The entire movie holds many surprises and defies what many thought would be just another slam-bang action thriller with the usual plot devices and final scenes where the bad guys are dispatched and the hero gets the girl. But Remo is no ordinary hero, even though that's how he started out in the film's opening scenes. He and the audience are both transformed. I particularly enjoy the relationship that bonds Remo and Chiun even though it certainly doesn't start out as warm and wonderful. Chiun's cold demeanor is slowly defrosted as the two men grow closer between the dangerous assignments they've been given. The master teacher, Chiun, slowly becomes the father-figure that Remo needs and, possibly, never had in his previous life. They bond with each other in the most basic human ways, as each protects and cares about the other. This sets the film apart from many other '80s movies in the spy-thriller genre. We can all relate to the need for companionship and, yes, love, that lurks in all of us, regardless of our backgrounds, where we live or what language we speak.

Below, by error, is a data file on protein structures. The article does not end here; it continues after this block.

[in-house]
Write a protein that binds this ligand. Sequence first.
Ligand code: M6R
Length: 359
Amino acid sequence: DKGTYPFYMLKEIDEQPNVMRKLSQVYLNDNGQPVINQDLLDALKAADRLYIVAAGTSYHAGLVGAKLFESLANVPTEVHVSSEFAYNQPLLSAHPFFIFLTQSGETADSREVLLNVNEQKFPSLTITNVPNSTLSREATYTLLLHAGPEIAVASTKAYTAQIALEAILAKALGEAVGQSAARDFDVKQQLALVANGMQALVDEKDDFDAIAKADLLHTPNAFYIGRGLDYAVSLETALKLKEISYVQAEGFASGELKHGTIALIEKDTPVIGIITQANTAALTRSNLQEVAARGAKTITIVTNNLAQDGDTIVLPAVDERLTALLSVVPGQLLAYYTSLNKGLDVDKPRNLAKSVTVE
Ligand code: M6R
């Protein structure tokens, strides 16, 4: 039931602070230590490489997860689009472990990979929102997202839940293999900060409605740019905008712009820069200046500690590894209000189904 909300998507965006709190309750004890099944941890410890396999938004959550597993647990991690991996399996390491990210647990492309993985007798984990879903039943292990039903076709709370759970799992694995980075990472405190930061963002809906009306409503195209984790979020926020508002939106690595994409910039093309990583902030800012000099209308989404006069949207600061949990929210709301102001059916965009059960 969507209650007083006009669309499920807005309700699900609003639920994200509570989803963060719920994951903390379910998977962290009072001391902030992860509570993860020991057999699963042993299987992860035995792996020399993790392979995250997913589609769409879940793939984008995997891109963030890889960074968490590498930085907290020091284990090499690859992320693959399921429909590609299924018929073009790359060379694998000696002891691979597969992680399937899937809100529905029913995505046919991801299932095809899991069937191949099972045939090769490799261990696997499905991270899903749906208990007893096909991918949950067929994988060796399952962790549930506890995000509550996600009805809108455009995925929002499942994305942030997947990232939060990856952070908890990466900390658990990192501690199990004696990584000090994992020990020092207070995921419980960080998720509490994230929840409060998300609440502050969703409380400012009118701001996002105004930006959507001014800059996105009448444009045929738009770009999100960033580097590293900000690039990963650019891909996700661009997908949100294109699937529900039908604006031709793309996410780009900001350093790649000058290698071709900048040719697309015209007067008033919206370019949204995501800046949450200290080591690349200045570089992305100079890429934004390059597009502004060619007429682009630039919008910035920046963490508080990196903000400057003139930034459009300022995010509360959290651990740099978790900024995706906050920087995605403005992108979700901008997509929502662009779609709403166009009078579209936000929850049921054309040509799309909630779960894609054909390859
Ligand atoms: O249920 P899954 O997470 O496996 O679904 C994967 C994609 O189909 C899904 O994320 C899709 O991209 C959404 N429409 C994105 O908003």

Remo Williams, The Adventure Begins, became a one-off, even though it was based on a successful novel series and attempts at sequels didn't make it. Maybe that's the way it should be. I've written previously ("If It Ain't Broke............Well, You Know", February 24th, 2011) about many original movies' success but the many unsuccessful sequels and re-makes that followed them. I'm glad there's only one Remo. He's an original and we shouldn't mess with success.
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My views on an eclectic mix of films and personalties, past and present; emotional interpretations; some laughs, some cries.
I am a former New Jersey native, living in Charlotte, N.C. for almost 30 years. I am a lifelong movie lover with lots of movie trivia knowledge and soundtracks in my CD collection. I enjoy sharing my love of films with everyone and have so many fond memories growing up in darkened movie theaters. I have been married 50 years (as of December 22, 2018) and we both share a passion for film (and each other of course).|